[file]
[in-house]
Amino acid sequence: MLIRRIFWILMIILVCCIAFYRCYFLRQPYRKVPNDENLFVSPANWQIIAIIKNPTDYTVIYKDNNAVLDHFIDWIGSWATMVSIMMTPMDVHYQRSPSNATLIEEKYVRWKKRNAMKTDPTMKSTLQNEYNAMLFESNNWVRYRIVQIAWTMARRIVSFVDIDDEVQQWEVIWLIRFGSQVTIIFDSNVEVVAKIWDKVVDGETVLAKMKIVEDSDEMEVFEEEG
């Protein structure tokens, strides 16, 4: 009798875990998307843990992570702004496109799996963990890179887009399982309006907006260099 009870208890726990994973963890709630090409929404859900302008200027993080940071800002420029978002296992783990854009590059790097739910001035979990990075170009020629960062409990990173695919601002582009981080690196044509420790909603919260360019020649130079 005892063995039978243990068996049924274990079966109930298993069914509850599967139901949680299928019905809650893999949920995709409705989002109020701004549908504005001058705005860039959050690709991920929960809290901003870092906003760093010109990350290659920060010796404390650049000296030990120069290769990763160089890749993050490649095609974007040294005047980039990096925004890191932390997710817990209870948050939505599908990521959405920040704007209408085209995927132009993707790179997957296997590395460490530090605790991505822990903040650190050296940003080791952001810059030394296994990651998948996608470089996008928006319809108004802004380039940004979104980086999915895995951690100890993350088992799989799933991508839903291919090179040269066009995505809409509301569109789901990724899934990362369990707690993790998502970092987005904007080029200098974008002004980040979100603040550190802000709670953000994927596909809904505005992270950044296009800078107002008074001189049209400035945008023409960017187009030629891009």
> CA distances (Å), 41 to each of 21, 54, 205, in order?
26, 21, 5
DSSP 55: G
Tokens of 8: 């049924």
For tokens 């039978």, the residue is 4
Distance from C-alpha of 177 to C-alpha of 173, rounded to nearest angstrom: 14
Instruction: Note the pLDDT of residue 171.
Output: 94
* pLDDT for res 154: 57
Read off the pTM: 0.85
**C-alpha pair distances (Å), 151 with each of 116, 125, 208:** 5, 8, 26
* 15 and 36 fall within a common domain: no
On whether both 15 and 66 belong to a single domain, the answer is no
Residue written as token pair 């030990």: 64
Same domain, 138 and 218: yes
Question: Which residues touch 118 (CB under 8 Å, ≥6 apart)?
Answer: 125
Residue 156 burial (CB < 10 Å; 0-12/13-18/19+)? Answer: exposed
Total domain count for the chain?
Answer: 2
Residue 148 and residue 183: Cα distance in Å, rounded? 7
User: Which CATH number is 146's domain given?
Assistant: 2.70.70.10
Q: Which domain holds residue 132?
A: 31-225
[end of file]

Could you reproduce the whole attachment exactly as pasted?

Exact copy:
[in-house]
Amino acid sequence: MLIRRIFWILMIILVCCIAFYRCYFLRQPYRKVPNDENLFVSPANWQIIAIIKNPTDYTVIYKDNNAVLDHFIDWIGSWATMVSIMMTPMDVHYQRSPSNATLIEEKYVRWKKRNAMKTDPTMKSTLQNEYNAMLFESNNWVRYRIVQIAWTMARRIVSFVDIDDEVQQWEVIWLIRFGSQVTIIFDSNVEVVAKIWDKVVDGETVLAKMKIVEDSDEMEVFEEEG
């Protein structure tokens, strides 16, 4: 009798875990998307843990992570702004496109799996963990890179887009399982309006907006260099 009870208890726990994973963890709630090409929404859900302008200027993080940071800002420029978002296992783990854009590059790097739910001035979990990075170009020629960062409990990173695919601002582009981080690196044509420790909603919260360019020649130079 005892063995039978243990068996049924274990079966109930298993069914509850599967139901949680299928019905809650893999949920995709409705989002109020701004549908504005001058705005860039959050690709991920929960809290901003870092906003760093010109990350290659920060010796404390650049000296030990120069290769990763160089890749993050490649095609974007040294005047980039990096925004890191932390997710817990209870948050939505599908990521959405920040704007209408085209995927132009993707790179997957296997590395460490530090605790991505822990903040650190050296940003080791952001810059030394296994990651998948996608470089996008928006319809108004802004380039940004979104980086999915895995951690100890993350088992799989799933991508839903291919090179040269066009995505809409509301569109789901990724899934990362369990707690993790998502970092987005904007080029200098974008002004980040979100603040550190802000709670953000994927596909809904505005992270950044296009800078107002008074001189049209400035945008023409960017187009030629891009």
> CA distances (Å), 41 to each of 21, 54, 205, in order?
26, 21, 5
DSSP 55: G
Tokens of 8: 């049924």
For tokens 């039978």, the residue is 4
Distance from C-alpha of 177 to C-alpha of 173, rounded to nearest angstrom: 14
Instruction: Note the pLDDT of residue 171.
Output: 94
* pLDDT for res 154: 57
Read off the pTM: 0.85
**C-alpha pair distances (Å), 151 with each of 116, 125, 208:** 5, 8, 26
* 15 and 36 fall within a common domain: no
On whether both 15 and 66 belong to a single domain, the answer is no
Residue written as token pair 């030990």: 64
Same domain, 138 and 218: yes
Question: Which residues touch 118 (CB under 8 Å, ≥6 apart)?
Answer: 125
Residue 156 burial (CB < 10 Å; 0-12/13-18/19+)? Answer: exposed
Total domain count for the chain?
Answer: 2
Residue 148 and residue 183: Cα distance in Å, rounded? 7
User: Which CATH number is 146's domain given?
Assistant: 2.70.70.10
Q: Which domain holds residue 132?
A: 31-225